President Joe Biden’s nominee for ambassador to China was confirmed by the Senate on Thursday after a top Republican senator agreed to drop his hold on the nomination and allow a vote following the passage of the Uyghur Forced Labor Prevention Act.
Nicholas Burns, an ambassador during the Clinton administration and a State Department official during George W. Bush’s presidency, was confirmed by a 75-18 vote on Thursday evening, a few hours after the anti-slave labor law was passed unanimously by the Senate.
Republican Sen. Marco Rubio, who led the charge pushing the law banning the importation of products made in the area where the mass internment of Uyghur Muslims is taking place unless companies can show “clear and convincing evidence” that the products were not made with forced labor, had also blocked the Burns nomination last month.
“Nicholas Burns has a long career in public service, but it is a career defined by the failure to understand the threat posed by the Chinese Communist Party,” Rubio said at the time. “In fact, Burns displayed no remorse or concern about his current business relationships with nationless corporations operating in China.”
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That was likely a reference to Burns working as a senior counselor at the Cohen Group for more than a decade. The global consulting firm has two offices in China, while its website touts its "solid record of success" in the Chinese market.
“Burns is exactly the type of nominee I expect from President Biden given this administration’s weak approach toward China, including lobbying against my bipartisan Uyghur Forced Labor Prevention Act. The last thing we need is another caretaker of American decline in the room with the Chinese Communist Party," Rubio added.
Despite allowing a vote to move forward on Burns, Rubio still opposed him and voted against his nomination on Thursday, along with Republican Sens. Marsha Blackburn, Mike Braun, John Bozeman, Tom Cotton, Bill Haggerty, Josh Hawley, John Hoeven, Cindy Hyde-Smith, Jim Inhofe, James Lankford, Mike Lee, Roger Marshall, Rand Paul, Rick Scott, Tim Scott, Tommy Tuberville, and Roger Wicker.
“We’ve got a lot of issues that exist between us and China and, certainly, Ambassador Burns is the one to carry our water there," Republican Sen. Jim Risch, ranking member on the Senate Foreign Relations Committee, said on the floor of the Senate before the vote.
Democratic Sen. Bob Menendez, chairman of Senate Foreign Relations, said, “Ambassador Burns is an outstanding public servant — one of the nation’s best, and I am pleased to support his nomination as the next ambassador to China. … If there’s a place that we need an ambassador, it’s China.”
A regular theme of the preferred approach to China pushed by Burns is the need for the United States to "challenge" and "compete" with the Chinese Communist Party, as well as "cooperate" on issues such as climate change and global health, according to his statement to the Foreign Relations Committee during the confirmation process.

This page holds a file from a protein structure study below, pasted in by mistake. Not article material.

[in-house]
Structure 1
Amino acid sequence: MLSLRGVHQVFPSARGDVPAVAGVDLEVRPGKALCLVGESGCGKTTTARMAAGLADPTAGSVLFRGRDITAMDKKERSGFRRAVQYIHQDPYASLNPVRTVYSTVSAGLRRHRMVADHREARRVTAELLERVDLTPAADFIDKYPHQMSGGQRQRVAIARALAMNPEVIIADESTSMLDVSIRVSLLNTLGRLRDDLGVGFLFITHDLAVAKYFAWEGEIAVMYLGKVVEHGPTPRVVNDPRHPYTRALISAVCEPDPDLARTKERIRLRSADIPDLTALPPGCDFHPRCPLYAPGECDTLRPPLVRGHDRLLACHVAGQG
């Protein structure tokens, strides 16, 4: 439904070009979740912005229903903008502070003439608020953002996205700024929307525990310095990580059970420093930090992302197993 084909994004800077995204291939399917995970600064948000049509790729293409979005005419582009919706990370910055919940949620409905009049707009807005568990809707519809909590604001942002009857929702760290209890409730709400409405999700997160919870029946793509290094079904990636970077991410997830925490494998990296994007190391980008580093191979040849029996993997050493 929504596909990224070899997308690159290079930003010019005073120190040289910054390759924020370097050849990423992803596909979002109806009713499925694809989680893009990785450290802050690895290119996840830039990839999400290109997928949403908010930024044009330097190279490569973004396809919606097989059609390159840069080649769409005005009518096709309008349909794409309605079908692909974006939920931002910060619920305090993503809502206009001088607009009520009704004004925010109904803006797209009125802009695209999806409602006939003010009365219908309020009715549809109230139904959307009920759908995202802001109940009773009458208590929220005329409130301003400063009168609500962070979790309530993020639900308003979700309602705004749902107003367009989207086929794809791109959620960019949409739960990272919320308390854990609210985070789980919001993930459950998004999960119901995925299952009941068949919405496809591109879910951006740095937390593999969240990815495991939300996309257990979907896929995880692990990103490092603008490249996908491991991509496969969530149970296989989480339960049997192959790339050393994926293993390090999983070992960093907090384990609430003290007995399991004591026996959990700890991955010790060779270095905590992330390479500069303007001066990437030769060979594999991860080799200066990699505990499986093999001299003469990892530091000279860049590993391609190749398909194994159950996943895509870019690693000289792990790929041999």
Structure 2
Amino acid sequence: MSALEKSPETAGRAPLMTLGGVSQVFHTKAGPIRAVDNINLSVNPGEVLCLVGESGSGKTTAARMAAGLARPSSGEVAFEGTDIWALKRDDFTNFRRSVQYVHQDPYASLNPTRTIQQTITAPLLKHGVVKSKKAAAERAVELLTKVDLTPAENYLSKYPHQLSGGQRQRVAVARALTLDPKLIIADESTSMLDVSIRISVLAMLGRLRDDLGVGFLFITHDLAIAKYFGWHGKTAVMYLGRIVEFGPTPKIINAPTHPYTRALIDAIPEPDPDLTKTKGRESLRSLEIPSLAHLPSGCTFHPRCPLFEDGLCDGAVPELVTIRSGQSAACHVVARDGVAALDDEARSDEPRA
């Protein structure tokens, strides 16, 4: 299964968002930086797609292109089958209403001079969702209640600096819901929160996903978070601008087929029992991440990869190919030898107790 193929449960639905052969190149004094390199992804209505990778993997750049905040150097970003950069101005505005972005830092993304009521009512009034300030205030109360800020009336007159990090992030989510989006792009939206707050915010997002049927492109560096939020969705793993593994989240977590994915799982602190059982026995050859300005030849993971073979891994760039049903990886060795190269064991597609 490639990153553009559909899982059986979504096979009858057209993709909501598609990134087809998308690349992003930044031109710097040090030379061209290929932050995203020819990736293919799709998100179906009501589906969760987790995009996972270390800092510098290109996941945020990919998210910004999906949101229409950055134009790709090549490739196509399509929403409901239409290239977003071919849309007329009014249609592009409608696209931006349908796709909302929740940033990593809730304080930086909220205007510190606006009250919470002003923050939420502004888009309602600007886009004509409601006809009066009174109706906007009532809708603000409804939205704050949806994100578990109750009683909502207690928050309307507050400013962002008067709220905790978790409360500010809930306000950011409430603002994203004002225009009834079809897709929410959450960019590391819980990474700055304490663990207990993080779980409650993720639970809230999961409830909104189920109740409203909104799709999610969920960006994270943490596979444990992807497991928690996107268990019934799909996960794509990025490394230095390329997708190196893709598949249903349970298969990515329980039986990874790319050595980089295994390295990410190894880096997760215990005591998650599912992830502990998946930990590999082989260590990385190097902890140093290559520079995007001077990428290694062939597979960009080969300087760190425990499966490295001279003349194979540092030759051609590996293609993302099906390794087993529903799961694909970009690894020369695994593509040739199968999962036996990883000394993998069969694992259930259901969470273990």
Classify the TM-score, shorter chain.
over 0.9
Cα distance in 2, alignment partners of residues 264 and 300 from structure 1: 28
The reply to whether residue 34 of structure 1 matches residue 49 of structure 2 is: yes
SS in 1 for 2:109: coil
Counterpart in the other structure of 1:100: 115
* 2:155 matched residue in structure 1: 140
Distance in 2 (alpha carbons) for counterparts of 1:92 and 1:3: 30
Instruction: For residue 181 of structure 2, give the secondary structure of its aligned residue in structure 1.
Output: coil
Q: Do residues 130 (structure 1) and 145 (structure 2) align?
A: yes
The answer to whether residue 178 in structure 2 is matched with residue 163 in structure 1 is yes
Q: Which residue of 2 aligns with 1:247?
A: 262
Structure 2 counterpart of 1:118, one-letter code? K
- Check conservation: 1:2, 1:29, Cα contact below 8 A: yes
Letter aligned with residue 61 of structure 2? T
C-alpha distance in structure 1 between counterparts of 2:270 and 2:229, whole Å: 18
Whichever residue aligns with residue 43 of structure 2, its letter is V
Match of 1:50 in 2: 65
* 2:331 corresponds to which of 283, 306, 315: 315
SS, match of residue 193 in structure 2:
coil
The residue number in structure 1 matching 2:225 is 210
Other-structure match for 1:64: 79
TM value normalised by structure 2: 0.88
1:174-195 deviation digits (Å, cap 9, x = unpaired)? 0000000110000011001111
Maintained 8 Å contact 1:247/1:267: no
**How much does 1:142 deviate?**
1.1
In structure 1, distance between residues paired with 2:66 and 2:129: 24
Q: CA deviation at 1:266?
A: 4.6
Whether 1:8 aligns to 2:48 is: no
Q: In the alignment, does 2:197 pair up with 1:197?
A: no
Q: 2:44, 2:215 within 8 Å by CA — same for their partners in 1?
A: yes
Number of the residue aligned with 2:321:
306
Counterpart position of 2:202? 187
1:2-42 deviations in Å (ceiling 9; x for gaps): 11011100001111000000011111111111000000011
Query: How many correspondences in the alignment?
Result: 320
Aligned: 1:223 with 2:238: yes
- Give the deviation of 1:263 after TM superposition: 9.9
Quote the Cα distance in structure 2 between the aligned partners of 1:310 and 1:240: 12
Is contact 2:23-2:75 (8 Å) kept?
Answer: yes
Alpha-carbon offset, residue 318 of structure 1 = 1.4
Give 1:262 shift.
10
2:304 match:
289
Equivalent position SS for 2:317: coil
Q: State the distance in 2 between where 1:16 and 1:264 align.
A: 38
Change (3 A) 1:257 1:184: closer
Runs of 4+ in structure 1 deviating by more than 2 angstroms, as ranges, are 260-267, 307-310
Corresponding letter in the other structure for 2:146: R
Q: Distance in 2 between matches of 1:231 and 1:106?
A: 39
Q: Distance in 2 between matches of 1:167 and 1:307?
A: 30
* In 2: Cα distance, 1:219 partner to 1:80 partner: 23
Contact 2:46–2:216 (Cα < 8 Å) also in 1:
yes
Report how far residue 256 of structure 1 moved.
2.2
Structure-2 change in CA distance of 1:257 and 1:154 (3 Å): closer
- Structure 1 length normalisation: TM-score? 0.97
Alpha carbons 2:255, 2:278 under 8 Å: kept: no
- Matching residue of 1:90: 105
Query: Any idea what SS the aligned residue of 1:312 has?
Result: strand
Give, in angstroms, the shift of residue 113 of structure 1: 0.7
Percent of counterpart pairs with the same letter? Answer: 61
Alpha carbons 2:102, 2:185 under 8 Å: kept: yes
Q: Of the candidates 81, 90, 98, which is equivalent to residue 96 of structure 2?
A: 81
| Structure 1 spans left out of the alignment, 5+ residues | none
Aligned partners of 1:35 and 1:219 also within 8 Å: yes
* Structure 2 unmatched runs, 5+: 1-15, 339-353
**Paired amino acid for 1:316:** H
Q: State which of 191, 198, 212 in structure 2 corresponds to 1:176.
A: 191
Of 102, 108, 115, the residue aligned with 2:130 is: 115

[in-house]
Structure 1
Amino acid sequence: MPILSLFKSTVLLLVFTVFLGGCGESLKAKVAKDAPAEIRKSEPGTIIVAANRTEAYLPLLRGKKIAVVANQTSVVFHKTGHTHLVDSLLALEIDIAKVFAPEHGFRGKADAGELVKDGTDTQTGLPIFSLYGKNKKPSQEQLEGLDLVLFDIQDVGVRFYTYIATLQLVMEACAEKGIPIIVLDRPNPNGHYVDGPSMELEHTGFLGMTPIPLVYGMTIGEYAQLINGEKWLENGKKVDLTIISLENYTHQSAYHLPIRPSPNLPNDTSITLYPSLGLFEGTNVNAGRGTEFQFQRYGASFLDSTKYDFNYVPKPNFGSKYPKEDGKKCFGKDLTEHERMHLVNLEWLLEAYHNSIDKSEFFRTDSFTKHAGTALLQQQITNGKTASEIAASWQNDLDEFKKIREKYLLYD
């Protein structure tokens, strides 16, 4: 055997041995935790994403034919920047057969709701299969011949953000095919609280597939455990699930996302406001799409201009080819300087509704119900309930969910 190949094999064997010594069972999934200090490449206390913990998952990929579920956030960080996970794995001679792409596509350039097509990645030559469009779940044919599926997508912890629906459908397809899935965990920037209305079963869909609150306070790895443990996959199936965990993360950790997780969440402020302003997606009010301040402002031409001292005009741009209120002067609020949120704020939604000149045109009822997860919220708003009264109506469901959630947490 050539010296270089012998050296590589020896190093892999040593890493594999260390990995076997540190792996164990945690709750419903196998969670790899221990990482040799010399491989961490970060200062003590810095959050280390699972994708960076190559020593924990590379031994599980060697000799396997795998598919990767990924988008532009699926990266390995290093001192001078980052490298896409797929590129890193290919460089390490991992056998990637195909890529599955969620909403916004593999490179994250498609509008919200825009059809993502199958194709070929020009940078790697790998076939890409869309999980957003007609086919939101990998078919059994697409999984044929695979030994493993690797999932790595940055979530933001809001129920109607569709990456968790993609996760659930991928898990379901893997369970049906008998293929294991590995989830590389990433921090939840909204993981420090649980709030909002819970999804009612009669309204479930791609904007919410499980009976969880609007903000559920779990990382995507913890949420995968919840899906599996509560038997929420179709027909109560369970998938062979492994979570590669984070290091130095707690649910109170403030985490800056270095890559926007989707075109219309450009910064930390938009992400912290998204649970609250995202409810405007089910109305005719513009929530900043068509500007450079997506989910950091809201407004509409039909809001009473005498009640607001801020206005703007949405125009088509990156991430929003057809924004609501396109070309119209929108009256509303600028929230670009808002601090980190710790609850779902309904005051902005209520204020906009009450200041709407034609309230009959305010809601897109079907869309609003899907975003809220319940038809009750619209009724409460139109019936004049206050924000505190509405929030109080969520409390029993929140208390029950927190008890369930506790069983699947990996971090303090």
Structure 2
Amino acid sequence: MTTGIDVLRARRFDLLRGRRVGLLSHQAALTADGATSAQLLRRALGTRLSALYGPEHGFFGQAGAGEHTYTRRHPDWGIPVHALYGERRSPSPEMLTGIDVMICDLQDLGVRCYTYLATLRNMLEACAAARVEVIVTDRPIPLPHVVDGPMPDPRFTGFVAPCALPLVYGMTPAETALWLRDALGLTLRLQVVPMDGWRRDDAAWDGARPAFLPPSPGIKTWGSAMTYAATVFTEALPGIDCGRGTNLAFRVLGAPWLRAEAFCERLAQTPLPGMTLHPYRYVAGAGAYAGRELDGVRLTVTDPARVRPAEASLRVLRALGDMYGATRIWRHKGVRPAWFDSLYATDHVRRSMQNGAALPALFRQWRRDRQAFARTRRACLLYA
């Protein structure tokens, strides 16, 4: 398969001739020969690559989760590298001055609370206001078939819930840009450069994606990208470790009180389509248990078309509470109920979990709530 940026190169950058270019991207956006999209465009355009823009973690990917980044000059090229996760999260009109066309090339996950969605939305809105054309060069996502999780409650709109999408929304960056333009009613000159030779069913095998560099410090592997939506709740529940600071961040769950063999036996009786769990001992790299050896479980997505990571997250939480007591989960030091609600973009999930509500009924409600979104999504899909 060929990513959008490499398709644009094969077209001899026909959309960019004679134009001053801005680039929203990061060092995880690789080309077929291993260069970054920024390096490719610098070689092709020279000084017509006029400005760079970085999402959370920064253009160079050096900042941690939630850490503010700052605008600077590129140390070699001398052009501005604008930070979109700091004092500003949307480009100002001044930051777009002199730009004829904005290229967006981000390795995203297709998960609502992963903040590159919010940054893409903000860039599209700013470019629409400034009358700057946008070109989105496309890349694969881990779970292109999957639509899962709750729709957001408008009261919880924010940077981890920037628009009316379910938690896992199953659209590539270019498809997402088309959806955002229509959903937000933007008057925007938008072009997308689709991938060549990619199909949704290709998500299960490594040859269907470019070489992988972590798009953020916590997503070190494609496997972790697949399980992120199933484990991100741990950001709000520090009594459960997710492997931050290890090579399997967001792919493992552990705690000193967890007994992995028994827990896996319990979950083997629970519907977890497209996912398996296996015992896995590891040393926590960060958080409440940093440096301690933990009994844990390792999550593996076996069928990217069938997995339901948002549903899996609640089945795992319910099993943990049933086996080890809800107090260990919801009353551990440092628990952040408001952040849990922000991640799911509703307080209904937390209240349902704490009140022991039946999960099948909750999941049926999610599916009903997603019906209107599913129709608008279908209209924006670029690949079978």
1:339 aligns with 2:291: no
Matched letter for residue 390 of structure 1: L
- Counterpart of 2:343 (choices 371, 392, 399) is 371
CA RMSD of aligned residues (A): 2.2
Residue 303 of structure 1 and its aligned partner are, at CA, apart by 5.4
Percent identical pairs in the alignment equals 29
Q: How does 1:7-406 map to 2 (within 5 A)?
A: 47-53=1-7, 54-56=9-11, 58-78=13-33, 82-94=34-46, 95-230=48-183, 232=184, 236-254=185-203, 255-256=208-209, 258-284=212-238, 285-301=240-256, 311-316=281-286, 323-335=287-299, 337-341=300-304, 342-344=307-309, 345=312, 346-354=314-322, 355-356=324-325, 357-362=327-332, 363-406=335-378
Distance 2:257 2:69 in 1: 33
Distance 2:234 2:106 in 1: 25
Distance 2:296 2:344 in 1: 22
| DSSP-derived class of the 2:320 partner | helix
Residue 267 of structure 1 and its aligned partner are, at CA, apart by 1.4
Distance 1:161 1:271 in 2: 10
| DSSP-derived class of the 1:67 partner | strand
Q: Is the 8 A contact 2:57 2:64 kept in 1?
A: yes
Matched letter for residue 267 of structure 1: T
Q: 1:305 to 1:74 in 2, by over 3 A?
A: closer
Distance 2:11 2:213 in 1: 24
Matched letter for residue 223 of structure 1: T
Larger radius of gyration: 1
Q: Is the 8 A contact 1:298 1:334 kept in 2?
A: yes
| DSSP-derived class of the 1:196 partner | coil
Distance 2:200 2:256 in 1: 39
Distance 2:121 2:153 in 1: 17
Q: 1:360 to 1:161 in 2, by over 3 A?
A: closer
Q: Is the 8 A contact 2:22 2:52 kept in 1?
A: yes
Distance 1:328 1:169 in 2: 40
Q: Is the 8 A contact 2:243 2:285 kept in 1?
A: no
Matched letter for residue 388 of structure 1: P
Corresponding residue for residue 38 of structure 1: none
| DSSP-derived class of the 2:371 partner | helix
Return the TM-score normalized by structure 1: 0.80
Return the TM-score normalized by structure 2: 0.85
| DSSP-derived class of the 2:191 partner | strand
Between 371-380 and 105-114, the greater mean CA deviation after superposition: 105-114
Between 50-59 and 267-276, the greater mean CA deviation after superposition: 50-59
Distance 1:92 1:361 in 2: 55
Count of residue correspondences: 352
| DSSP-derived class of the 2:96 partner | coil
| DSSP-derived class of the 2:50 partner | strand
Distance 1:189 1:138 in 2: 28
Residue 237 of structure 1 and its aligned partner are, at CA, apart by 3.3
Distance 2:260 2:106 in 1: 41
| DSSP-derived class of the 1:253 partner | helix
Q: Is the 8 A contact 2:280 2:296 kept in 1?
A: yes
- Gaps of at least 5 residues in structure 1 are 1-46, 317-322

During the confirmation process, Sen. Ron Johnson, a Wisconsin Republican, highlighted comments the Harvard professor made in March 2020 in which Burns lamented, “Right now, we’re all witnessing a war of words. The Chinese have made a preposterous, untrue, and shameful assertion. … They say that the crisis began because the U.S. army planted a weapon, a virus in the city of Wuhan. There is no basis for this. … At the same time, President Trump personally calls this the ‘Chinese virus’ or the ‘Wuhan virus.’ We all know that’s wrong. We all know it’s racist. We all know it’s not true. The virus doesn’t know boundaries.”
Burns wrote an op-ed for Foreign Affairs that same month in which he criticized both the Trump administration and the Chinese government for a “blame game” over “who is ultimately responsible” for the COVID-19 pandemic. Burns took to Twitter in May 2020 to attack then-President Donald Trump for suggesting the virus emerged from the Wuhan Institute of Virology and alleged Trump was using China as a “scapegoat."
Burns also signed on to a letter in April 2020 that said an investigation into COVID-19’s origins should be pushed off.
That summer, the former ambassador claimed that the U.S. was accusing China of things that were untrue, arguing, “They’ve accused each other of the most outrageous things, both incorrectly.”
Burns also wanted Trump to pick billionaire Bill Gates to be the U.S.’s “Coronavirus Czar.”
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The Uyghur Forced Labor Prevention Act now heads to President Joe Biden’s desk, where he is expected to sign it.
Major international corporations such as Coca-Cola and Nike reportedly lobbied against the bill, arguing that the requirements could harm supply chains, and there were reports that the Biden administration was trying to quietly water down the bill behind the scenes, which the White House denied.